This is the first day of the Empire City Open, a minor event at which first place in the under-2000 rated division, Oscar's division, will pay $375. The competitors sit side-by-side at long tables, squinting at their positions and stealing glances at the clocks next to their boards. Behind Oscar, near the window, at a row of boards overlooking the snow-dusted sidewalks of Eighth Avenue, Ilya Kotlyanskiy is recalibrating his vision. He does this most often by sitting up on one knee in his chair and peering over the board from above. Ilya is one of the few people in the room whose pants actually appear to have been pressed before his arrival. His hair is short and worked into neatly tended spikes, and his sweater matches his trousers. This is something that cannot be said for many of the other men in the room (and it is populated almost entirely by men), but then, Ilya has never fit neatly into this world. He has a small face and a prominent nose, and he hasn't eaten all morning, because he has yet to lose today, and Ilya cannot eat a proper meal until he is relaxed. This means that sometimes he'll go all day, through school and work, without ingesting anything except liquids. Right now, Ilya's match remains suspended in what's known as the middlegame, the precarious interlude between the opening and endgame when one ill-considered move can destroy the entire setup.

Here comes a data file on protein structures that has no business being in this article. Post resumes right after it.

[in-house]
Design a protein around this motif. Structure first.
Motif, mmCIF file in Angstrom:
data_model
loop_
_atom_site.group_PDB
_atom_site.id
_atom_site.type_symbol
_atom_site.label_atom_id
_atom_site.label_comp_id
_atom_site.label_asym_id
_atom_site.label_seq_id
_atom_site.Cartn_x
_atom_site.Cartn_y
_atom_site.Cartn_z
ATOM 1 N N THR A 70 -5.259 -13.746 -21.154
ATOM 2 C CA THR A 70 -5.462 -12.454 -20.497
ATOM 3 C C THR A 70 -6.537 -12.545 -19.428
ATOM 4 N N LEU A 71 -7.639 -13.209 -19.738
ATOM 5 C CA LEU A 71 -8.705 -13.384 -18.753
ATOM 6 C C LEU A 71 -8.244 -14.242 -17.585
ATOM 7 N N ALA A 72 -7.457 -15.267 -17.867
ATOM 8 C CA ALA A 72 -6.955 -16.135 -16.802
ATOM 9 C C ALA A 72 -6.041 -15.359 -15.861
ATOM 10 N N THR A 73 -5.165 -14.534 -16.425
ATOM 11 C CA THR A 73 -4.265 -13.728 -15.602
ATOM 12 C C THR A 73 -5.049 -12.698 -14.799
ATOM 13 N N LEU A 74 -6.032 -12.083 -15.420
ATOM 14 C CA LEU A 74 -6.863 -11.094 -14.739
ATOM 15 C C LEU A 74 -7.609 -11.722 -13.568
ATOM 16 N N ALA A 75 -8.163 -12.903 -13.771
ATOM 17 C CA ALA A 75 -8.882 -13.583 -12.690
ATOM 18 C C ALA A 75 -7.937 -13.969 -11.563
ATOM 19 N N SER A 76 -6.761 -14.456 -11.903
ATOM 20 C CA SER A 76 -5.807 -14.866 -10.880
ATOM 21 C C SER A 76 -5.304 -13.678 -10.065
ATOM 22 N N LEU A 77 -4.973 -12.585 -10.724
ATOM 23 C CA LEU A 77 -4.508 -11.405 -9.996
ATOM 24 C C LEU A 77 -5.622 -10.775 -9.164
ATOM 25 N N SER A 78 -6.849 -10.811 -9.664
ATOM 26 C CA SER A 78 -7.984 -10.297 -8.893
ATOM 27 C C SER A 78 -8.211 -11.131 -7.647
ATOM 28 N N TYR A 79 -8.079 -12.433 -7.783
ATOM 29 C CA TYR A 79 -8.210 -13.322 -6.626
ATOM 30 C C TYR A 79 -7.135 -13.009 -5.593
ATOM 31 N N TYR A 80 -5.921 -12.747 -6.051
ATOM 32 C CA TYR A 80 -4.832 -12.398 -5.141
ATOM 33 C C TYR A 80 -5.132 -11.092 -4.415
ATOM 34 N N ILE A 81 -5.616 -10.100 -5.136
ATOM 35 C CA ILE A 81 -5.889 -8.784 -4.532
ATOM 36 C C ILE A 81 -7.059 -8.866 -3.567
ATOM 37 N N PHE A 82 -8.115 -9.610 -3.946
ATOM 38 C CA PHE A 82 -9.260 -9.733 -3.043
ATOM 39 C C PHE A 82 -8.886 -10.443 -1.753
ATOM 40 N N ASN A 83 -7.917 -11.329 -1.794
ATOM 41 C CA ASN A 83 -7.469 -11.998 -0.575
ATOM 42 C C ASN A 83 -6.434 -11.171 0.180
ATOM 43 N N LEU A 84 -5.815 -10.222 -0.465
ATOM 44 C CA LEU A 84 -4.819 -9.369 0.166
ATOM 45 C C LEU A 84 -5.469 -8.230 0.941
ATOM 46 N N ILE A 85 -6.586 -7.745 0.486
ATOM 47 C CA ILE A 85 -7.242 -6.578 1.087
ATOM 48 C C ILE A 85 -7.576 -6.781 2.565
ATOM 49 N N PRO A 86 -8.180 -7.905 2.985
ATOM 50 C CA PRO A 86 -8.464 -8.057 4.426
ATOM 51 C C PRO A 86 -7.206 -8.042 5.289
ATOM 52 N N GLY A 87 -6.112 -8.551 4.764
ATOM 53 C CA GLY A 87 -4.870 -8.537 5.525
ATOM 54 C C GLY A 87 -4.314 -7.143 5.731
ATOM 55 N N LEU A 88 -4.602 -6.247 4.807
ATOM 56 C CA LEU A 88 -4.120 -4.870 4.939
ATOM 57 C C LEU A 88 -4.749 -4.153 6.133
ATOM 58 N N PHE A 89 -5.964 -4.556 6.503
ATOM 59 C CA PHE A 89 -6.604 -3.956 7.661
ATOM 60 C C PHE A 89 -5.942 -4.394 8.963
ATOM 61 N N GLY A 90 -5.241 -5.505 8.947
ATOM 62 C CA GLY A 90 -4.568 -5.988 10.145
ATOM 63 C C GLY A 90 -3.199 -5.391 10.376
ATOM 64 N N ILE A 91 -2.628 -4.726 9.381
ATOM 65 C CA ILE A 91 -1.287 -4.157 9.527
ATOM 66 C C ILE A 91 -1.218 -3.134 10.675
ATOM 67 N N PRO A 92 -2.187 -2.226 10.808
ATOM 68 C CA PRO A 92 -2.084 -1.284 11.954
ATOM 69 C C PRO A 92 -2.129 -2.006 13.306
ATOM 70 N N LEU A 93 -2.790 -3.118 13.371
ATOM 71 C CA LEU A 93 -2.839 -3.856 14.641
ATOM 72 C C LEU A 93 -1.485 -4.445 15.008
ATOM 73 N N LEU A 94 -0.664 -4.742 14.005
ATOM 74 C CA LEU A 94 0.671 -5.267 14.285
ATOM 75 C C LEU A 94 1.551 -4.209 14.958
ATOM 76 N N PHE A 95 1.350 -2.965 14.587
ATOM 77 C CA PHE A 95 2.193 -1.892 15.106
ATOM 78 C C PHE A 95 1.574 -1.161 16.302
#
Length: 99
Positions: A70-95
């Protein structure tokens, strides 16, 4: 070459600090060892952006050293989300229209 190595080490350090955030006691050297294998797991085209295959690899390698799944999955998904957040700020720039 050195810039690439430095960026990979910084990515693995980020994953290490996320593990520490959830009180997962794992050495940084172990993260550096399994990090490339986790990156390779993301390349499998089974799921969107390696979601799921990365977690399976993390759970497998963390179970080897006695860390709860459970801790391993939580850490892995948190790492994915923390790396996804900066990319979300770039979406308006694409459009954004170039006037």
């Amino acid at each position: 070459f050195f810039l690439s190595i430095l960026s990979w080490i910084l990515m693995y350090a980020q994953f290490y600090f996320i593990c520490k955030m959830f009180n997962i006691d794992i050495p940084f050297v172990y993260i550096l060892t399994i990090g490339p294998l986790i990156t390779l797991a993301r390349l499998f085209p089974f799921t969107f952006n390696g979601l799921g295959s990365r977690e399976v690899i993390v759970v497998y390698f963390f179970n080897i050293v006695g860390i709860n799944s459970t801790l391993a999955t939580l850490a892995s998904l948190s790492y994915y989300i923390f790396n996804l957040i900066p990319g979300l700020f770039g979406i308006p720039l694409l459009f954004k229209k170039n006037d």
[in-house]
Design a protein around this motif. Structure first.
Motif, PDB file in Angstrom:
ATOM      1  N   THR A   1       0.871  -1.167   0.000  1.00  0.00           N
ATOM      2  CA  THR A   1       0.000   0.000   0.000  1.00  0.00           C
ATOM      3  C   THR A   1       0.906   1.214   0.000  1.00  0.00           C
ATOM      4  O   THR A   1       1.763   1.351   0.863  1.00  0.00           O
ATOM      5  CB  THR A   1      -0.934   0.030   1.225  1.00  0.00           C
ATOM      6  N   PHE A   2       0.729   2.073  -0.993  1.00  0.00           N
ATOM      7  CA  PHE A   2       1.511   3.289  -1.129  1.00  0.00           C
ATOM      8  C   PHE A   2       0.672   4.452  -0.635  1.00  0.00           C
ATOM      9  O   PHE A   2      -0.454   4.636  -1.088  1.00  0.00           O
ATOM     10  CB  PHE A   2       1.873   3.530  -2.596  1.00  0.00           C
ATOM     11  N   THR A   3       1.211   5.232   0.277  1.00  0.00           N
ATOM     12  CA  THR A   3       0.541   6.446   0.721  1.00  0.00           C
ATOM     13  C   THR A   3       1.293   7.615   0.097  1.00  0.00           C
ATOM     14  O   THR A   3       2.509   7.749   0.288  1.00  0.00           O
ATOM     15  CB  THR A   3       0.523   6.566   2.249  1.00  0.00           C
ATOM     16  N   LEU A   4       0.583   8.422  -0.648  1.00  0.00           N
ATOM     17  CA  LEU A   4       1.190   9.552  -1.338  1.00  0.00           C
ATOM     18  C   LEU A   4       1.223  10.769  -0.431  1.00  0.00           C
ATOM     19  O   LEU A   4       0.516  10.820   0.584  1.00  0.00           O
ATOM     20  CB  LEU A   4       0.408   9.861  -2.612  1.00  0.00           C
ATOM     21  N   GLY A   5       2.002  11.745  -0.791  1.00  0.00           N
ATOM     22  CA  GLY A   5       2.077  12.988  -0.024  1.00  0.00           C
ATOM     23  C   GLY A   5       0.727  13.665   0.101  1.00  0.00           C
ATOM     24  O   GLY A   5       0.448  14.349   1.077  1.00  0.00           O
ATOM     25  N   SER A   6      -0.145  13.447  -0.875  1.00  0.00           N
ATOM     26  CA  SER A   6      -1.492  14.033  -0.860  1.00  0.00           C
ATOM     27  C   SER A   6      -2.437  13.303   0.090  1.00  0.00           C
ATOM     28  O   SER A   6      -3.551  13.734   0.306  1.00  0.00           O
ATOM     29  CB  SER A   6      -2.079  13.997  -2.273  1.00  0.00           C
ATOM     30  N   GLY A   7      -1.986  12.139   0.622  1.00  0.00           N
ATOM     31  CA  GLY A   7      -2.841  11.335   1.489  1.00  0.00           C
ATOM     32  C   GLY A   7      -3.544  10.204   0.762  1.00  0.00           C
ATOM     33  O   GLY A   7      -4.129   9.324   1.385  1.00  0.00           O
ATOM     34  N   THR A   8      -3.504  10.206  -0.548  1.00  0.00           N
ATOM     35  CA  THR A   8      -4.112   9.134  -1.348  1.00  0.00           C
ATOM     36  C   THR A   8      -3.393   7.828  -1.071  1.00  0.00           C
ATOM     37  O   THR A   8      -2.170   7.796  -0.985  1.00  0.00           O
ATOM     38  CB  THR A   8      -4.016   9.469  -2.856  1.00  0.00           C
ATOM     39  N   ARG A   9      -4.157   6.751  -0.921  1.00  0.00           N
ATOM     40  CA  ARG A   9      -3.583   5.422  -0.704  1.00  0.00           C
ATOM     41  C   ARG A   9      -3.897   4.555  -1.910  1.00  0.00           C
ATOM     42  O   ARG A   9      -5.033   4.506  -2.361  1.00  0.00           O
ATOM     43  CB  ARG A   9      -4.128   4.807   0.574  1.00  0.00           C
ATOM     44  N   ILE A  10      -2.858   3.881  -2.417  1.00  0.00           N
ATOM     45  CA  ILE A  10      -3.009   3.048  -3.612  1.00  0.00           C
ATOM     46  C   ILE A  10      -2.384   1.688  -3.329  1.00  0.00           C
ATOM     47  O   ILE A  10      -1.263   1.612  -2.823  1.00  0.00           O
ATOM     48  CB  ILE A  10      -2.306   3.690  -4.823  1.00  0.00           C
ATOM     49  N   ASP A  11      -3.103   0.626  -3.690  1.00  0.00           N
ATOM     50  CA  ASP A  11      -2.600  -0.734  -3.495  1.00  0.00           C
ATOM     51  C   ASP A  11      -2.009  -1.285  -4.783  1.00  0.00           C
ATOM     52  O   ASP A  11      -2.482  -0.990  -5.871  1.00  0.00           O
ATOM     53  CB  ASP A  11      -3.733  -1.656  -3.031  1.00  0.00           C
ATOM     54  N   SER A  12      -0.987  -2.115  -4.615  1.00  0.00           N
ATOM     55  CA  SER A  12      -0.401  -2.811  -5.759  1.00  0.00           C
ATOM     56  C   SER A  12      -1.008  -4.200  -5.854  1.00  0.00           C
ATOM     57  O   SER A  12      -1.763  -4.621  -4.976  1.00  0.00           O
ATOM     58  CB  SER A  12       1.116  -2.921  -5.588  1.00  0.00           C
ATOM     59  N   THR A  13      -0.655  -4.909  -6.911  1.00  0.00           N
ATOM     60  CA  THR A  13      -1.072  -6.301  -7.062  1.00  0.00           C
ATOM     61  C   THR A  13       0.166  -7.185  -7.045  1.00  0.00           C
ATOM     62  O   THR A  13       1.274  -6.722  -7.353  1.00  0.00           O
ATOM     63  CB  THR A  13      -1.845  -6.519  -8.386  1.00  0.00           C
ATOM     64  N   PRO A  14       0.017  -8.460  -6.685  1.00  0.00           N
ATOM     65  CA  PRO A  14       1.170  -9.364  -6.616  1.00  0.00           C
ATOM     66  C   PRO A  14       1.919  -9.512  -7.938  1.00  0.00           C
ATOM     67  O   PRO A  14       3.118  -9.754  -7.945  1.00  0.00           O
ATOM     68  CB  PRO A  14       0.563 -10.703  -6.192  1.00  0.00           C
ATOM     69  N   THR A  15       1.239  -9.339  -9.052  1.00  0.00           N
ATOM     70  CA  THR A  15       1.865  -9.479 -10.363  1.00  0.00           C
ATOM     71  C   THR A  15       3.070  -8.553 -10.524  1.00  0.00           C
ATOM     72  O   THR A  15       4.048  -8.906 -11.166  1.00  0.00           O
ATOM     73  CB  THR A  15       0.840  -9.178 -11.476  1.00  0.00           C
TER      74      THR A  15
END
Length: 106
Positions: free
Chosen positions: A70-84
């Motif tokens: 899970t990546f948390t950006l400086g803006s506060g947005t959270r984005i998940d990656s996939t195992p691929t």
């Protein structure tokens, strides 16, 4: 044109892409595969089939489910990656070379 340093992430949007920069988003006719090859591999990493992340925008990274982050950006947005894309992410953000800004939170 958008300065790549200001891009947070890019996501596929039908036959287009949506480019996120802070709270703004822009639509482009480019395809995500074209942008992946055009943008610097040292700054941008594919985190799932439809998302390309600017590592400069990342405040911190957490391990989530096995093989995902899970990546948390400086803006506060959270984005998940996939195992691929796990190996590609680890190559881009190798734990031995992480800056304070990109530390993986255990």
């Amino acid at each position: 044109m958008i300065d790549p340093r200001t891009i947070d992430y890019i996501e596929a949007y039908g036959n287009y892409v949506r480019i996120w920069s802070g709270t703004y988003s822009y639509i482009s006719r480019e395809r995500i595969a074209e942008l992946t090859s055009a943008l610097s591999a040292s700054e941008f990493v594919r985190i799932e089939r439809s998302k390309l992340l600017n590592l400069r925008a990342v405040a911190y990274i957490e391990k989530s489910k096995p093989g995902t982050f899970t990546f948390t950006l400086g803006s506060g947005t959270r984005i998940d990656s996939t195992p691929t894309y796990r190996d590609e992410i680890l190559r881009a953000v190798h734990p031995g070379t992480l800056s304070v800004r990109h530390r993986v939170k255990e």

Chess tournament

Age doesn't always matter in chess -- a young player can take the most wily veteran out.